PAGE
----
Officials at the European Space Agency's control center in Darmstadt cheered, clapped and embraced as a green line indicating a clear signal from the Venus Express appeared on their screens, a sign it had completed the maneuver inserting it into orbit.
"It's a fantastic mission for us. We've finally reached Venus," project manager Don McCoy said.
A short while later, scientists received the first data from the probe and praised the technical phase of the Venus mission _ ESA's fourth to a celestial body _ as a success.
Over the next several weeks, scientists will turn on the seven instruments on the probe and run them through tests. By June, they are expected to begin gathering information on how Venus, while similar to Earth in size and geological makeup, wound up with such a hot, dense atmosphere swathed in clouds of sulfuric acid.
"We want to learn about the mistakes of Venus for the sake of the Earth," ESA Scientific Director David Southwood said.
An initial image of Venus' south pole is expected Thursday.
To start Tuesday's maneuver, controllers fired the probe's rocket engine to slow it down so Venus' gravity could pull it into orbit. It then disappeared behind Venus for roughly 10 minutes, leaving controllers without contact as it swung around the back of the planet. It re-emerged on schedule _ an accomplishment credited to lessons learned from the Mars Express, on which Venus Express was modeled.
Venus Express was launched Nov. 9 atop a Russian booster rocket from the Baikonur Cosmodrome in Kazakhstan.
"We've put together a second planetary mission in as short a time as possible," McCoy said. "We've put two satellites around two planets. It's incredible what we've accomplished."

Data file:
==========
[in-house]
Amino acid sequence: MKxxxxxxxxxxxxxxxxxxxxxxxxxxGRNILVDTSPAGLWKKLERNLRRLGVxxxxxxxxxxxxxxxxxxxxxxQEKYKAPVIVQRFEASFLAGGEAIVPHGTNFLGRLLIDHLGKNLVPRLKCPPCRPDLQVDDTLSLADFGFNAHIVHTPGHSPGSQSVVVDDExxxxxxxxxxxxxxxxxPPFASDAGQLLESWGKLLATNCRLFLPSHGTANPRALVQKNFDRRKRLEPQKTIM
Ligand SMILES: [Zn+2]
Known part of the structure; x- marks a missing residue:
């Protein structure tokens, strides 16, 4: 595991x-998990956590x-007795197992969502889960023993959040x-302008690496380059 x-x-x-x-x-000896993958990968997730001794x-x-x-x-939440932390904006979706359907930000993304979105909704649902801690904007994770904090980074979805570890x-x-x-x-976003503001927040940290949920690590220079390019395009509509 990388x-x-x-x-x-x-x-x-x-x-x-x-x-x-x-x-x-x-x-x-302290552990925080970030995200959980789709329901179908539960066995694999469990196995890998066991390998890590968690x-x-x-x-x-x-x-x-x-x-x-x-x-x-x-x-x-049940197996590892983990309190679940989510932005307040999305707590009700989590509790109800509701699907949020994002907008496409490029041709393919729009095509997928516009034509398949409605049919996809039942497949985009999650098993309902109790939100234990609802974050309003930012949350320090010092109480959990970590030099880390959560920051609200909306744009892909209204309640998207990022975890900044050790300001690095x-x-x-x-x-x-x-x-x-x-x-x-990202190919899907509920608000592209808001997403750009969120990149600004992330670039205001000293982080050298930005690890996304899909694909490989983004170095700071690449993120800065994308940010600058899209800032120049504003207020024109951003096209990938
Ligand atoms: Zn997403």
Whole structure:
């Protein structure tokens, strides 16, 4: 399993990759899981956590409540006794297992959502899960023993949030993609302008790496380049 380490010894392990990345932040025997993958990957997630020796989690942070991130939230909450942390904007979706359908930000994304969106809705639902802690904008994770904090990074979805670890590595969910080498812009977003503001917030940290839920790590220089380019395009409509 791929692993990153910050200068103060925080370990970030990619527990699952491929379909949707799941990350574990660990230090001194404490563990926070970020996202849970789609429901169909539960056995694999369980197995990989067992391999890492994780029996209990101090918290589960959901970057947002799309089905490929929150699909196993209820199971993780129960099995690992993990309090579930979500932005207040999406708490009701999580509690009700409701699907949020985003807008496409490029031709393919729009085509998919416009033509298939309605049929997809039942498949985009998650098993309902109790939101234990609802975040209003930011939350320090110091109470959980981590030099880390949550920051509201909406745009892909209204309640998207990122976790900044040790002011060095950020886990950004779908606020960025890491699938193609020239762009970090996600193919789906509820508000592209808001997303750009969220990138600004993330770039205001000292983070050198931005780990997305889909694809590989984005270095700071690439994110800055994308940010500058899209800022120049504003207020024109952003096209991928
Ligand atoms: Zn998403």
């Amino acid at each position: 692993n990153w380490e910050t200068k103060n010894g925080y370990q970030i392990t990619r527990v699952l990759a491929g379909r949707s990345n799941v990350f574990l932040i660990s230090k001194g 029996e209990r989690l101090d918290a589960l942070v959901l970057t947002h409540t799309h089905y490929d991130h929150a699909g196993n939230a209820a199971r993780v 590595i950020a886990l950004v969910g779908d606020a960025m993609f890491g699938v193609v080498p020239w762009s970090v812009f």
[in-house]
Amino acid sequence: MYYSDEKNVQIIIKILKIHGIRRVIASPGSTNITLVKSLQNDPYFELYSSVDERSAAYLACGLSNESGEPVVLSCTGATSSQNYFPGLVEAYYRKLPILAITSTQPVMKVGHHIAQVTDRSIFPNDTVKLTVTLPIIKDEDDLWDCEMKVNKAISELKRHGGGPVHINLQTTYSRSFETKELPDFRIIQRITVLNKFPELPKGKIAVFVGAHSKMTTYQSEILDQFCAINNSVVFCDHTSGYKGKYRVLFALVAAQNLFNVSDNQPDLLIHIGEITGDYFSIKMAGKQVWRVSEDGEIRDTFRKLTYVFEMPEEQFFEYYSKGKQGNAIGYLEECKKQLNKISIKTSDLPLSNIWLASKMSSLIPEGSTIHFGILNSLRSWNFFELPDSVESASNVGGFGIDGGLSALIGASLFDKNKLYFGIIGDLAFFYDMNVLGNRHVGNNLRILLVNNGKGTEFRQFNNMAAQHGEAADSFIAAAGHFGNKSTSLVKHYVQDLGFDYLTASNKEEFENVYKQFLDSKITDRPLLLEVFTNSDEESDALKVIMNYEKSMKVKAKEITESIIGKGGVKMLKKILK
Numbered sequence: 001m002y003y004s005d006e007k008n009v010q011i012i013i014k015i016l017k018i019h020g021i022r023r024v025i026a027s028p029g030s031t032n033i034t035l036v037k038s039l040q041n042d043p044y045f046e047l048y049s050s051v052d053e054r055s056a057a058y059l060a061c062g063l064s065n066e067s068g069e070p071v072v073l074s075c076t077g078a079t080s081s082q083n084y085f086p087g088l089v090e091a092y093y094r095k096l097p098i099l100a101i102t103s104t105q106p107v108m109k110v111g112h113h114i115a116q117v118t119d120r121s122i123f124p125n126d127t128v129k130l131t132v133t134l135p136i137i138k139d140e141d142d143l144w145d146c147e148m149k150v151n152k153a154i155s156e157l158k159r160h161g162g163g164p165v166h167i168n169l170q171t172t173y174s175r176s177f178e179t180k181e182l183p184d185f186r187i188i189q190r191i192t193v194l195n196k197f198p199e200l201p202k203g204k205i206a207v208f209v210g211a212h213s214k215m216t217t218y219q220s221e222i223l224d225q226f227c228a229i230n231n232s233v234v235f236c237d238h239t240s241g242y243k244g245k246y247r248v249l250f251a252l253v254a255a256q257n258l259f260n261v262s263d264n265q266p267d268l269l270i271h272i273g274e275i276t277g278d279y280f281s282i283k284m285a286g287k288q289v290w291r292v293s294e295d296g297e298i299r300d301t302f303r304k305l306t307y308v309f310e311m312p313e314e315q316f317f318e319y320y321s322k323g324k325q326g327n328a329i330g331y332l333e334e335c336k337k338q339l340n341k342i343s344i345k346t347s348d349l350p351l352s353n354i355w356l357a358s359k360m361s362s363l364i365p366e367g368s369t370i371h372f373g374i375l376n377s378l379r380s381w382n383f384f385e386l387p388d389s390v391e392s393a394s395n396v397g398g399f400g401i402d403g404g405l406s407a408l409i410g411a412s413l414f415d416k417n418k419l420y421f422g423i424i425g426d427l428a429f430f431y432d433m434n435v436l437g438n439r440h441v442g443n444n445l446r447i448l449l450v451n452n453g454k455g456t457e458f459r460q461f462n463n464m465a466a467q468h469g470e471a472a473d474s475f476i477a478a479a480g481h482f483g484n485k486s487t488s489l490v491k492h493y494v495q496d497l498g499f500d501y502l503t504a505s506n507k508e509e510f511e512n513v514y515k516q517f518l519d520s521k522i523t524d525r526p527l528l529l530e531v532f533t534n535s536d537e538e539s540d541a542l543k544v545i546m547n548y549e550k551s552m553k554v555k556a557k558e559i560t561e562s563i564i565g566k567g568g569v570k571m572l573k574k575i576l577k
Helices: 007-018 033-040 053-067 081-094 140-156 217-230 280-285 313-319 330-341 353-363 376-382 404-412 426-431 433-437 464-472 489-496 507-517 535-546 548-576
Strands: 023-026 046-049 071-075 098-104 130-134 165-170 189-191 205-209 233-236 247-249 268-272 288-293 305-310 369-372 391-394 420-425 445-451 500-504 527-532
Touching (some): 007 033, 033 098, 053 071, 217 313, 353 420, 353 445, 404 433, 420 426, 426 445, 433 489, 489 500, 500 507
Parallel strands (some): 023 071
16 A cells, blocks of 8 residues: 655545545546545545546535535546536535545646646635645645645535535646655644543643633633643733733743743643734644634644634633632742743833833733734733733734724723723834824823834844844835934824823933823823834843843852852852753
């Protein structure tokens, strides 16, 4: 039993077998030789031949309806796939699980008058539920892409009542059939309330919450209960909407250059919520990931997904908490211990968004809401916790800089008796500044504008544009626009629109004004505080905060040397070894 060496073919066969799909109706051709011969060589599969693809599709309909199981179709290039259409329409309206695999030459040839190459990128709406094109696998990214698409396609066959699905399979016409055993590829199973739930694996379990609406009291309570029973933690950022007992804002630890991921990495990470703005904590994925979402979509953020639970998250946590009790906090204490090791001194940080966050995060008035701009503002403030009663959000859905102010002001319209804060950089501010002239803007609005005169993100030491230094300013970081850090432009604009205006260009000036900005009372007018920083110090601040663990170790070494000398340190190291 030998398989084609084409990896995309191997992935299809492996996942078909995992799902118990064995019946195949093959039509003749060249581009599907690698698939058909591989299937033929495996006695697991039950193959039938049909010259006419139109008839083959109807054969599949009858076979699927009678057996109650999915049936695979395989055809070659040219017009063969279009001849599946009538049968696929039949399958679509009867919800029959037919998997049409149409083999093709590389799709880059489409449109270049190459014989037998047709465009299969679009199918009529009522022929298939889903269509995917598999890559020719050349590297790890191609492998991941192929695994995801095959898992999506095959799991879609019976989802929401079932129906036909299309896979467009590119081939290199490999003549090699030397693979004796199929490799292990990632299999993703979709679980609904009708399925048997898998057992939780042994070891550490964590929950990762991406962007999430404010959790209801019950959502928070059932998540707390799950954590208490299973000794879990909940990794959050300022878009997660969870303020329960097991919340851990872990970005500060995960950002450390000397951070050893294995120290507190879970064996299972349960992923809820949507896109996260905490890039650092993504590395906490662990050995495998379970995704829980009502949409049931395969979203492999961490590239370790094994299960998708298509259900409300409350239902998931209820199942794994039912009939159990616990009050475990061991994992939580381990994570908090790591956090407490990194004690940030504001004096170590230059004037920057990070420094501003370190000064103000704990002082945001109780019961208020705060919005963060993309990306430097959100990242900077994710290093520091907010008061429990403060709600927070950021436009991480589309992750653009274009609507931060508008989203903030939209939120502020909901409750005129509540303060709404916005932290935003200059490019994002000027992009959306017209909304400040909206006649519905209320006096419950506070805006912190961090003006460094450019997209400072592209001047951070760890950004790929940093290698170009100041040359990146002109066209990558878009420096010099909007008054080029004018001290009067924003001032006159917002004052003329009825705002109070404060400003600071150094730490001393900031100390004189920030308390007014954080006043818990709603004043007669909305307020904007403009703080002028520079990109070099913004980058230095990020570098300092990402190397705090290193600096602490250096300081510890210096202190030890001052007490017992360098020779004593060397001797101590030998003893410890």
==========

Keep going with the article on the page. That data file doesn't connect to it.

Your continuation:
The Mars Express, which was launched in 2003, is still circling that planet.
In addition to the Mars and Venus missions, ESA also operates SMART-1 around the moon and is working with NASA on the Cassini orbiter around Saturn. The Rosetta probe also is en route to land on a comet, a journey expected to last another nine years.
The seven instruments aboard the $260-million Venus Express craft include spectrometers to measure temperature and analyze the atmosphere and a special camera to concentrate on activity among Venus' many volcanoes.
Scientists hope the data received will help answer questions about why Venus wound up with an atmosphere almost 90 times denser than Earth's. Of key importance will be studying Venus' strong greenhouse effect _ the way carbon dioxide traps the sun's heat _ and the permanent hurricane force winds that constantly circle it high in the planet's atmosphere.
Venus is the nearest planet to Earth, and the two share similar mass and density, both with inner cores of rock believed to have been formed at roughly the same time. But Venus' atmosphere is made up almost entirely of carbon dioxide and has very little water vapor.
Thanks to runaway warming from its greenhouse effect, Venus has the hottest surface of all the planets _ around 864 degrees. The aluminum-frame probe is coated with a metallic polymer skin to protect it from heat.
"Venus is quite close to Earth, yet so radically different," McCoy said. "Why is that?"
ESA plans to keep the probe active for 500 days, with the possibility of extending its life by 500 more.
The last mission to Venus was NASA'S Magellan probe, launched in 1989. It completed more than 15,000 orbits around the planet between 1990 and 1994. Using radar, Magellan was able to map almost all of Venus, revealing towering volcanoes, gigantic rifts and sharp-edged craters.